Several witnesses have given vivid testimony about a fight between members of a pupil’s family and a 15 year-old student at a secondary school in Pembroke, as two men charged with attacking the student were released on bail this morning.
AFM Staff Sergeant Alexander Camilleri and his brother Feliciano Camilleri are pleading not guilty to charges of attacking and slightly injuring a 15-year-old pupil at the school, attacking and slightly injuring two teachers, insulting and threatening them, exceeding the limits of provocation, using obscene language in public and breaching the peace.
The 15 year-old in question was supposed to testify before magistrate Ian Farrugia this morning, but the court was told that he hadn’t yet spoken to his lawyer. The court ordered that the boy testify at a later stage.
“It is serious enough to take advice. Your lawyer will direct you. Do not waste time. Speak to your lawyer so you will be prepared,” was the Magistrate’s warning to the tall, slightly built and softly-spoken young Arab boy who appeared in court this morning, accompanied by his parents.
As the couple stood behind their son, Magistrate Ian Farrugia, presiding over the compilation of evidence against the brothers warned the youth that charges were likely to be pressed against him too, in the coming weeks, over his alleged attack upon a fellow-student or some other third party.
“If you choose to testify today, what you say may be brought against you as evidence. So you may either testify and say ‘I’m not afraid of the truth’ or else choose to speak to a lawyer instead,” the court explained. The young man nodded.
As the boy and his parents left the courtroom, prosecuting Inspector Joseph Xerri confirmed that charges would be issued against the boy before the juvenile court.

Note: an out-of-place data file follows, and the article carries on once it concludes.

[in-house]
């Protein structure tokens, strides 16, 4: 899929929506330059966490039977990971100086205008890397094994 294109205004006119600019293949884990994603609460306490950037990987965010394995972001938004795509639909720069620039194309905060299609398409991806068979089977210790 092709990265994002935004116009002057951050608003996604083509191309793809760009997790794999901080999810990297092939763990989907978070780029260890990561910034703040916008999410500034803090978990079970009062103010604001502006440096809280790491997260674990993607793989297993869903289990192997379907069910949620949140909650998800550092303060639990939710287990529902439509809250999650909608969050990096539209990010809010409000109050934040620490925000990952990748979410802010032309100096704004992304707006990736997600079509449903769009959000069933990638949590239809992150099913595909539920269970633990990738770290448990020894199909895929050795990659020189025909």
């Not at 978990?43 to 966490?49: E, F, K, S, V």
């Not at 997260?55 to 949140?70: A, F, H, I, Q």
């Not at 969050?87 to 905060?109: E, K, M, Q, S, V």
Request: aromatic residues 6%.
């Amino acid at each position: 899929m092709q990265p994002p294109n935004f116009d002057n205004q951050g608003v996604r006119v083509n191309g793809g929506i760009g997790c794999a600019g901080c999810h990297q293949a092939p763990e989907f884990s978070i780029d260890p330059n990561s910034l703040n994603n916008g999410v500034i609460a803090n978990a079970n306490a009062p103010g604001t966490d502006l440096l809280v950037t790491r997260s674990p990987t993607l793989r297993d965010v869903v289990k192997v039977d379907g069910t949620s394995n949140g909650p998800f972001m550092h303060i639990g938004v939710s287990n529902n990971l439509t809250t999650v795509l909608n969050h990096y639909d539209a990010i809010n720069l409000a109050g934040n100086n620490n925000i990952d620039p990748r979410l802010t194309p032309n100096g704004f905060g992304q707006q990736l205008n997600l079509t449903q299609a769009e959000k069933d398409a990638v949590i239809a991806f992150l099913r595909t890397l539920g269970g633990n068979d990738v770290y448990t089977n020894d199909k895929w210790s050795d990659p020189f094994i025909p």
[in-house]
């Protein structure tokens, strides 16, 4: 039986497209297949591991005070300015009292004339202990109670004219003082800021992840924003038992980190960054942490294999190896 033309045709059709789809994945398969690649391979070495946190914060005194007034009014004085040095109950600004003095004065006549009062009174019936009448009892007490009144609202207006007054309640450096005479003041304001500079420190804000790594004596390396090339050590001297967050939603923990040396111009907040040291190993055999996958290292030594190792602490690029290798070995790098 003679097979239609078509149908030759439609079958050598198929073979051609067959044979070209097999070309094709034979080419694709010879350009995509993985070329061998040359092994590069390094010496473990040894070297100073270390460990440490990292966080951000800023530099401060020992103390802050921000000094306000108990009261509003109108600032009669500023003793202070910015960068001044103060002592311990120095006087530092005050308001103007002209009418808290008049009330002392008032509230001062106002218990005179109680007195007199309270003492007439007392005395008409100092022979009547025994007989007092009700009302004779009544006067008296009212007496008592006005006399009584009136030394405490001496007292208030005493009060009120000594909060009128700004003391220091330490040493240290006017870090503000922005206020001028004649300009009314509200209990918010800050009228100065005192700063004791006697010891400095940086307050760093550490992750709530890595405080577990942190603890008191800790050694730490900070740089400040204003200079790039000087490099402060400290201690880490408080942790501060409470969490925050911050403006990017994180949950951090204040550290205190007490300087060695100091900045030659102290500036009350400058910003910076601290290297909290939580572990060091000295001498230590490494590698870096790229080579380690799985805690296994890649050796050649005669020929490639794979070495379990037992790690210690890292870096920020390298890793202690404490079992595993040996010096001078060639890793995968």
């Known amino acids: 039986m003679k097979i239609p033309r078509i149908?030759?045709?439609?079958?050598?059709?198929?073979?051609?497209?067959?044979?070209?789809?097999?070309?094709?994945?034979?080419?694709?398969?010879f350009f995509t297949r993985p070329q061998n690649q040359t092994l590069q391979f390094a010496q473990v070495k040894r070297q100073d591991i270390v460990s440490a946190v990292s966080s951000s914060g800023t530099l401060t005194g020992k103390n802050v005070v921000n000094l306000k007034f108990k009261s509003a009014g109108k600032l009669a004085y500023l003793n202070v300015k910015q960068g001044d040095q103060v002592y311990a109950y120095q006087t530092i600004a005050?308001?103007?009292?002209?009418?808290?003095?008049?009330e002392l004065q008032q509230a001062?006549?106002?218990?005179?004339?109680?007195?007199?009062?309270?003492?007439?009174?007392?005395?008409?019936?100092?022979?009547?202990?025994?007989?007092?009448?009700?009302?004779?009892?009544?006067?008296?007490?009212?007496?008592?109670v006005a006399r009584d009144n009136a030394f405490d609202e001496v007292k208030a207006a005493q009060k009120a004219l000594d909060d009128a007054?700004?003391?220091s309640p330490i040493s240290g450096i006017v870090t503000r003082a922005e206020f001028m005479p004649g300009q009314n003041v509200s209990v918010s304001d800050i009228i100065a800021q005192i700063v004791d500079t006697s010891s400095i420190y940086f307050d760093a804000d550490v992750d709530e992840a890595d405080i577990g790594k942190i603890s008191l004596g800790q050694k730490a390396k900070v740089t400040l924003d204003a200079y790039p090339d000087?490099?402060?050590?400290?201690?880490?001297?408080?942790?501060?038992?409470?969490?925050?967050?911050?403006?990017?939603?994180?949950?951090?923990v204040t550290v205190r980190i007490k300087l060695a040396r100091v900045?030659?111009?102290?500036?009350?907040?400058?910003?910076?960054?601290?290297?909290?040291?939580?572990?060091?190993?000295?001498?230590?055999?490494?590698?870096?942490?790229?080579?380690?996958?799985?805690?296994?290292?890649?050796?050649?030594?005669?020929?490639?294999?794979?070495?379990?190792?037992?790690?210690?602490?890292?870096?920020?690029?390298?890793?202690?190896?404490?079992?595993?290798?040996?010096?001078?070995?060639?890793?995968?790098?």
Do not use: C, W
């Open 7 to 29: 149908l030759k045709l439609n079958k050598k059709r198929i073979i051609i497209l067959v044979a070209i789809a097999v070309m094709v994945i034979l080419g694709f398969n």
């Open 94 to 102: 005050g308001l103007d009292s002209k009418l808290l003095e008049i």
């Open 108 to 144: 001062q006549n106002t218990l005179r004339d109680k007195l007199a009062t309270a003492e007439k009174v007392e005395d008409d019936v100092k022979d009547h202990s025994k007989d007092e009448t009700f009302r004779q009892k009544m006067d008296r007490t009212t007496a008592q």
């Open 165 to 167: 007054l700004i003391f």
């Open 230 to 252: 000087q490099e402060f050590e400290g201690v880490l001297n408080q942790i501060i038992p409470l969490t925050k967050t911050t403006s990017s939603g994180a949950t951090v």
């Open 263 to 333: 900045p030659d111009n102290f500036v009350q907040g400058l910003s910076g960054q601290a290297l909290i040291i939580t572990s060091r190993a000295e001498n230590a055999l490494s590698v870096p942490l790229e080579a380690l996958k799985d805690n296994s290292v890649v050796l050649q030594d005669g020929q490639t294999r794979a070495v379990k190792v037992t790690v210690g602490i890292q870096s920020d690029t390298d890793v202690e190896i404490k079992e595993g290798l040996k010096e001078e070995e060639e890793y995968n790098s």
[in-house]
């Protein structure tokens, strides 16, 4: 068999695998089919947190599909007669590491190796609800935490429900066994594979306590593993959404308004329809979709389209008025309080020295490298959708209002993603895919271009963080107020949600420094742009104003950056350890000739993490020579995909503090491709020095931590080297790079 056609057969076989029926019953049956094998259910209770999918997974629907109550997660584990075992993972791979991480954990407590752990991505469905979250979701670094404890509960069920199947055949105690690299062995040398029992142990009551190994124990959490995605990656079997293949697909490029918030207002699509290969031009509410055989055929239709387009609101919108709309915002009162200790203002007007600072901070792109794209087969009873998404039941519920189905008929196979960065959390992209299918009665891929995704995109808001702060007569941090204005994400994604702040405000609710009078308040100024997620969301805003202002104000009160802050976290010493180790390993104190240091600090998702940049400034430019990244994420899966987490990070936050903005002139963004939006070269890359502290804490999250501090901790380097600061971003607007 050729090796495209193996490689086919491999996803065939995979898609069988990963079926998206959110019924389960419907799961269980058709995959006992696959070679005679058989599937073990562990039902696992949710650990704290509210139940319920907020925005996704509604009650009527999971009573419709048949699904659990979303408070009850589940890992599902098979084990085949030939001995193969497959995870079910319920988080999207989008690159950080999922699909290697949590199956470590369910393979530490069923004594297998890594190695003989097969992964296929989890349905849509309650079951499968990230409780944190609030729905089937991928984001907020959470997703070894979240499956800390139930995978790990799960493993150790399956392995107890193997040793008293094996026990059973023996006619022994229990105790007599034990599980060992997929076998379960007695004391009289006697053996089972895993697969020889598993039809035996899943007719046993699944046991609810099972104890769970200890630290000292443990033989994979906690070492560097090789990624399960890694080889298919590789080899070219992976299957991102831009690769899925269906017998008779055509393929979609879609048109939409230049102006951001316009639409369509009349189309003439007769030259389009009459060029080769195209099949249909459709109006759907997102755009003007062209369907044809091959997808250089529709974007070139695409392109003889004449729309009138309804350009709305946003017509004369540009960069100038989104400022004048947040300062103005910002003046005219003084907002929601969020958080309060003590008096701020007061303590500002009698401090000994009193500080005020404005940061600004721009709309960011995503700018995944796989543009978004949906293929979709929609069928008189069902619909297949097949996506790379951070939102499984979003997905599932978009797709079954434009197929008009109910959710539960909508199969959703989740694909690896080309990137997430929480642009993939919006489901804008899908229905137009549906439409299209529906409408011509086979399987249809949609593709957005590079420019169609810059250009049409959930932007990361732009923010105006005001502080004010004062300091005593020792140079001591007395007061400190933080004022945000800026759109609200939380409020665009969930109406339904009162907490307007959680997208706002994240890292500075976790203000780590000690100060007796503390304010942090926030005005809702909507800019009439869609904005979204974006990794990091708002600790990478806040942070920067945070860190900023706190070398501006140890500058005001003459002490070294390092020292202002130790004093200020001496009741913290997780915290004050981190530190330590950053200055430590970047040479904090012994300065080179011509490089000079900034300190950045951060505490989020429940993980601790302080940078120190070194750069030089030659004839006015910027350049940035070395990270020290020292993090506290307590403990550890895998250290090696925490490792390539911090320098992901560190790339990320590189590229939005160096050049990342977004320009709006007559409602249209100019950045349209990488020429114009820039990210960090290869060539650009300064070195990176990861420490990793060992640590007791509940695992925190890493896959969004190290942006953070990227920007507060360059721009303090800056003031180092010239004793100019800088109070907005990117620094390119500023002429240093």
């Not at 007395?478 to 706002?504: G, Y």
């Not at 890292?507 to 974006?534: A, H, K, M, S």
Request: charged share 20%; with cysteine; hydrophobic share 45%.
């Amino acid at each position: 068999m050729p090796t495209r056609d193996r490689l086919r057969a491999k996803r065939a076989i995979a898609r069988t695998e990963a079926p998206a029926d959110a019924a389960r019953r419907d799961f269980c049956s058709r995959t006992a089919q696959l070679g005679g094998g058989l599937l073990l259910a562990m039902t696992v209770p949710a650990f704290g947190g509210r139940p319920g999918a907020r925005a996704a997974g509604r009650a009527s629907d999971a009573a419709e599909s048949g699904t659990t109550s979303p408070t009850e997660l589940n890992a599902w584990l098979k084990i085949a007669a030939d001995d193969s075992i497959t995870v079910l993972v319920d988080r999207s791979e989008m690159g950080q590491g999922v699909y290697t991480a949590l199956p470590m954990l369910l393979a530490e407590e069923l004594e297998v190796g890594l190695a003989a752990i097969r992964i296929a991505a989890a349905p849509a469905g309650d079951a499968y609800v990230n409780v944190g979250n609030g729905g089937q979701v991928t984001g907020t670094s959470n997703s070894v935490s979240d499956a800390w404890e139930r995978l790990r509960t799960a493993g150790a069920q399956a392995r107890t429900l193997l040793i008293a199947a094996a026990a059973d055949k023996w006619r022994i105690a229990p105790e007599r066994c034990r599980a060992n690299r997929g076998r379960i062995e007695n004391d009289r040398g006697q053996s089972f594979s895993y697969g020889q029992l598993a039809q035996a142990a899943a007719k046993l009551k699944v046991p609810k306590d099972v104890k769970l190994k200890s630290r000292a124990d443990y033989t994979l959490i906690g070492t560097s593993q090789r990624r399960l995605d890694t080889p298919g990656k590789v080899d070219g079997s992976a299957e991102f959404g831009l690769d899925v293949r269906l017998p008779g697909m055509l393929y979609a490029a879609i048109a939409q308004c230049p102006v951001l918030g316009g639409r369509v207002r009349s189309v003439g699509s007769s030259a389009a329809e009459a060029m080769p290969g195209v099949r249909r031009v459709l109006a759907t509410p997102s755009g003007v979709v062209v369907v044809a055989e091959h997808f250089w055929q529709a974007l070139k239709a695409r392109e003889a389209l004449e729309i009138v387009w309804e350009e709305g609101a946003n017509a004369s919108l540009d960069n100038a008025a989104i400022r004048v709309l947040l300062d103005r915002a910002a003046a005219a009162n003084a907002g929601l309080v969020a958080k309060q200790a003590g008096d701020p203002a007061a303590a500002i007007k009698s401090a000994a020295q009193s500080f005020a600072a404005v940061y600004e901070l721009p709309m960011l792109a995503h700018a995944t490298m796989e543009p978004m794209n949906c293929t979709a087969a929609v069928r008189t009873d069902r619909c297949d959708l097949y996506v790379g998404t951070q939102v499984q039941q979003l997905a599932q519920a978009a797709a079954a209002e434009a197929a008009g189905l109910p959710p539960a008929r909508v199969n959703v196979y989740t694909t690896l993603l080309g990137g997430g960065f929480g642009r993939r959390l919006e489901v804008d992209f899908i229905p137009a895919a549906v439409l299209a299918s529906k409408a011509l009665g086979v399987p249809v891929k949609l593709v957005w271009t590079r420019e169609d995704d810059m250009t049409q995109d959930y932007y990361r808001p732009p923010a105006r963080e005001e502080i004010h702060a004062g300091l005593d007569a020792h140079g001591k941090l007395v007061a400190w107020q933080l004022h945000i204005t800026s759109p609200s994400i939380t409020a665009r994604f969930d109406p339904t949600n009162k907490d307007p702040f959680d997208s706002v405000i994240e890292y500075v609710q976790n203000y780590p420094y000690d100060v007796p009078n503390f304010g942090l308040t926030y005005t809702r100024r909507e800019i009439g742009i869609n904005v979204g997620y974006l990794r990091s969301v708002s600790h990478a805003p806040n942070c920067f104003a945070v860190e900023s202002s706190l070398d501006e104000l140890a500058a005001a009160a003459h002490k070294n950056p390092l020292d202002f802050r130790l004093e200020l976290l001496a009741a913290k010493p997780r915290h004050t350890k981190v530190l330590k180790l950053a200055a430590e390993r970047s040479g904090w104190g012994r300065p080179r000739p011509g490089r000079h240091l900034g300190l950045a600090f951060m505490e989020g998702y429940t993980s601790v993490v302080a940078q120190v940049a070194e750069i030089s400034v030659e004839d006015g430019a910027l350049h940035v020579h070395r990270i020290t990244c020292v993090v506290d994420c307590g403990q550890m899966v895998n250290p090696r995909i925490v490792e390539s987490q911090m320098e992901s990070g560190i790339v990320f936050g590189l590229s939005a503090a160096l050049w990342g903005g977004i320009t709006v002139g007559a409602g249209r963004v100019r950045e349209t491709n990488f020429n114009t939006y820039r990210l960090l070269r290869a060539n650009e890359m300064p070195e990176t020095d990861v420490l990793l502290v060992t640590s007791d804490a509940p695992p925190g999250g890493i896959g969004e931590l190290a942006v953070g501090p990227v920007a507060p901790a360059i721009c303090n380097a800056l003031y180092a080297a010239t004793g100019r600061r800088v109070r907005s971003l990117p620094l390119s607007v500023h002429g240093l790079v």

The court heard how the student had allegedly punched a younger pupil in the face and the younger boy had been taken to hospital. From the witness stand, an Assistant Headmistress said that it was school policy that in the case of any head injury, the child had to go to hospital for a check-up. The parents were also to be informed.
She had also been injured when the younger boy’s family had arrived. The woman said that Alexander Camilleri had lifted her up and that she had fallen to the ground, breaking her coccyx and bumping her head.
There was a school standard procedure that if there is a fight, one child is taken away until the other party is spoken to. But in this case there was “no time at all” she said.
A Learning Support Educator at the school said he had seen the two accused men coming towards the school entrance. The assistant head had told him to take them to the Clerk’s office.
Examined by lawyer Joe Giglio, appearing parte civile for the assistant head, he said he had taken them to the office of one of the school’s other assistant head teachers. “After a time I heard shouting and saw Ms [Assistant Head] on the floor and I went to assist her. The shouting was coming from the Clerk’s office. The witness saw the Assistant Head on the floor in the clerk’s office. The boy was on the floor too, he said. “When I went inside, Alexander Camilleri picked up a hole puncher and struck me in the head with it. Then I and another clerk took it from his hands. I was in so much shock that I don’t remember anything else.” The witness couldn’t remember any words being exchanged, explaining that doctors had told him that he might have had a slight concussion. He later clarified that the victim’s uncle had inadvertently hit him on the head with the heavy hole punch that he had grabbed off a desk, as he was about to strike the boy who had punched his nephew.
Before the altercation, outside the clerk’s office, he saw that the boy had told the two parents something, but wasn’t close enough to hear. “I saw the boy trying to take off his jacket. The assistant head stopped him…I think the assistant head stopped him from attacking the parents of the pupil whom he had already punched,” he said in cross-examination by lawyer Franco Debono.